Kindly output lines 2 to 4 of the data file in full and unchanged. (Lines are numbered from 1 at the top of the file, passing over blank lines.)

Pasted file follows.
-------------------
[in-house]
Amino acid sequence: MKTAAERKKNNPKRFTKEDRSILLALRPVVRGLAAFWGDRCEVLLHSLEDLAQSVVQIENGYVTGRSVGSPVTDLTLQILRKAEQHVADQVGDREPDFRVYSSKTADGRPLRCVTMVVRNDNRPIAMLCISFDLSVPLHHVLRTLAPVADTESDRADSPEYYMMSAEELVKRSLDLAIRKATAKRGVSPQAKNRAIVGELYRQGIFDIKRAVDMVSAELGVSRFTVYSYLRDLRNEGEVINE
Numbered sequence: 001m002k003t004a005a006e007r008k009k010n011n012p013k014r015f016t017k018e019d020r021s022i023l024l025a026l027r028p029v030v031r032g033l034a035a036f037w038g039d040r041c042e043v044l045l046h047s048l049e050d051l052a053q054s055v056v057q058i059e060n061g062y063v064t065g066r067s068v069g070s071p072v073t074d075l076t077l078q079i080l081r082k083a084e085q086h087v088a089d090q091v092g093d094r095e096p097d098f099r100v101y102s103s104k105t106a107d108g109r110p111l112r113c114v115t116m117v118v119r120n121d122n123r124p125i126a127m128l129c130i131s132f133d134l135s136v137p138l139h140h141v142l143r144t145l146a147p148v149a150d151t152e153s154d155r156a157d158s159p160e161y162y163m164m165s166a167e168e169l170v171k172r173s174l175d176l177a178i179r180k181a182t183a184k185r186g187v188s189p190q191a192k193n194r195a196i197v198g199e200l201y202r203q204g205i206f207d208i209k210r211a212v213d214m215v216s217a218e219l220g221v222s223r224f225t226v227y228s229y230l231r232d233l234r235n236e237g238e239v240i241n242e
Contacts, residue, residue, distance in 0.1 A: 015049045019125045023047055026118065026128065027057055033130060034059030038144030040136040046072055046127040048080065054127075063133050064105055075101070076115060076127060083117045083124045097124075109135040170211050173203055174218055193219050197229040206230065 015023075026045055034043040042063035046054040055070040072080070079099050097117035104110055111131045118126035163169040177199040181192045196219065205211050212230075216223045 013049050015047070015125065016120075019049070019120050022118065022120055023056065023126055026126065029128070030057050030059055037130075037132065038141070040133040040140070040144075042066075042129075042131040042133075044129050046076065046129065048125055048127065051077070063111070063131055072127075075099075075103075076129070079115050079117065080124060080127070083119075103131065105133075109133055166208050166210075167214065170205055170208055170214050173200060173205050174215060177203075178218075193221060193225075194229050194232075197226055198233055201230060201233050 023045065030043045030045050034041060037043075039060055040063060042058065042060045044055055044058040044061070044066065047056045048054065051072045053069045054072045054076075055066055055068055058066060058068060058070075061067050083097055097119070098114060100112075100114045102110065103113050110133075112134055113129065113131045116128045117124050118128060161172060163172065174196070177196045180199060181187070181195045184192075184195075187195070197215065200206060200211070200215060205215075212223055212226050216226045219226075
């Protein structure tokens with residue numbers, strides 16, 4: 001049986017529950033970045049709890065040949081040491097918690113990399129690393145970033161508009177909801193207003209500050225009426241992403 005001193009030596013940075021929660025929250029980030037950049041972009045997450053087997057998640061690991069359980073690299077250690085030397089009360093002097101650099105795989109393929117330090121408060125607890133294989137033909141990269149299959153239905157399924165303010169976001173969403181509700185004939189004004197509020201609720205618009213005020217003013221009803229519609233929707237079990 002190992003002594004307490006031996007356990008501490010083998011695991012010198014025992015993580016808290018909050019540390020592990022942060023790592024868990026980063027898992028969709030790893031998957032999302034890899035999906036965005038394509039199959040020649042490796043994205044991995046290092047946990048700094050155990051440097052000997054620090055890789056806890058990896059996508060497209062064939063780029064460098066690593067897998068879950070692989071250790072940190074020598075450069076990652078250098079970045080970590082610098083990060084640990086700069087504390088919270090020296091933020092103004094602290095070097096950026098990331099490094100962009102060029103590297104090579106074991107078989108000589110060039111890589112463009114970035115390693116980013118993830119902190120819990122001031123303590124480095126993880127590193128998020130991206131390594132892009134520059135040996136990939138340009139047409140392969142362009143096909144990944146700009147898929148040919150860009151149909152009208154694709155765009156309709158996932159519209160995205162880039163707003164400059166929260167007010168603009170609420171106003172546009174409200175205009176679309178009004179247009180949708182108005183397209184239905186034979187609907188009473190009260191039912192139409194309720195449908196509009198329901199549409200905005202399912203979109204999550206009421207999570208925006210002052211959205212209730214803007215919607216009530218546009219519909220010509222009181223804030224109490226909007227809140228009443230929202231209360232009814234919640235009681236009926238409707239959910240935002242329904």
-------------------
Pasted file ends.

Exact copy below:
Amino acid sequence: MKTAAERKKNNPKRFTKEDRSILLALRPVVRGLAAFWGDRCEVLLHSLEDLAQSVVQIENGYVTGRSVGSPVTDLTLQILRKAEQHVADQVGDREPDFRVYSSKTADGRPLRCVTMVVRNDNRPIAMLCISFDLSVPLHHVLRTLAPVADTESDRADSPEYYMMSAEELVKRSLDLAIRKATAKRGVSPQAKNRAIVGELYRQGIFDIKRAVDMVSAELGVSRFTVYSYLRDLRNEGEVINE
Numbered sequence: 001m002k003t004a005a006e007r008k009k010n011n012p013k014r015f016t017k018e019d020r021s022i023l024l025a026l027r028p029v030v031r032g033l034a035a036f037w038g039d040r041c042e043v044l045l046h047s048l049e050d051l052a053q054s055v056v057q058i059e060n061g062y063v064t065g066r067s068v069g070s071p072v073t074d075l076t077l078q079i080l081r082k083a084e085q086h087v088a089d090q091v092g093d094r095e096p097d098f099r100v101y102s103s104k105t106a107d108g109r110p111l112r113c114v115t116m117v118v119r120n121d122n123r124p125i126a127m128l129c130i131s132f133d134l135s136v137p138l139h140h141v142l143r144t145l146a147p148v149a150d151t152e153s154d155r156a157d158s159p160e161y162y163m164m165s166a167e168e169l170v171k172r173s174l175d176l177a178i179r180k181a182t183a184k185r186g187v188s189p190q191a192k193n194r195a196i197v198g199e200l201y202r203q204g205i206f207d208i209k210r211a212v213d214m215v216s217a218e219l220g221v222s223r224f225t226v227y228s229y230l231r232d233l234r235n236e237g238e239v240i241n242e
Contacts, residue, residue, distance in 0.1 A: 015049045019125045023047055026118065026128065027057055033130060034059030038144030040136040046072055046127040048080065054127075063133050064105055075101070076115060076127060083117045083124045097124075109135040170211050173203055174218055193219050197229040206230065 015023075026045055034043040042063035046054040055070040072080070079099050097117035104110055111131045118126035163169040177199040181192045196219065205211050212230075216223045 013049050015047070015125065016120075019049070019120050022118065022120055023056065023126055026126065029128070030057050030059055037130075037132065038141070040133040040140070040144075042066075042129075042131040042133075044129050046076065046129065048125055048127065051077070063111070063131055072127075075099075075103075076129070079115050079117065080124060080127070083119075103131065105133075109133055166208050166210075167214065170205055170208055170214050173200060173205050174215060177203075178218075193221060193225075194229050194232075197226055198233055201230060201233050 023045065030043045030045050034041060037043075039060055040063060042058065042060045044055055044058040044061070044066065047056045048054065051072045053069045054072045054076075055066055055068055058066060058068060058070075061067050083097055097119070098114060100112075100114045102110065103113050110133075112134055113129065113131045116128045117124050118128060161172060163172065174196070177196045180199060181187070181195045184192075184195075187195070197215065200206060200211070200215060205215075212223055212226050216226045219226075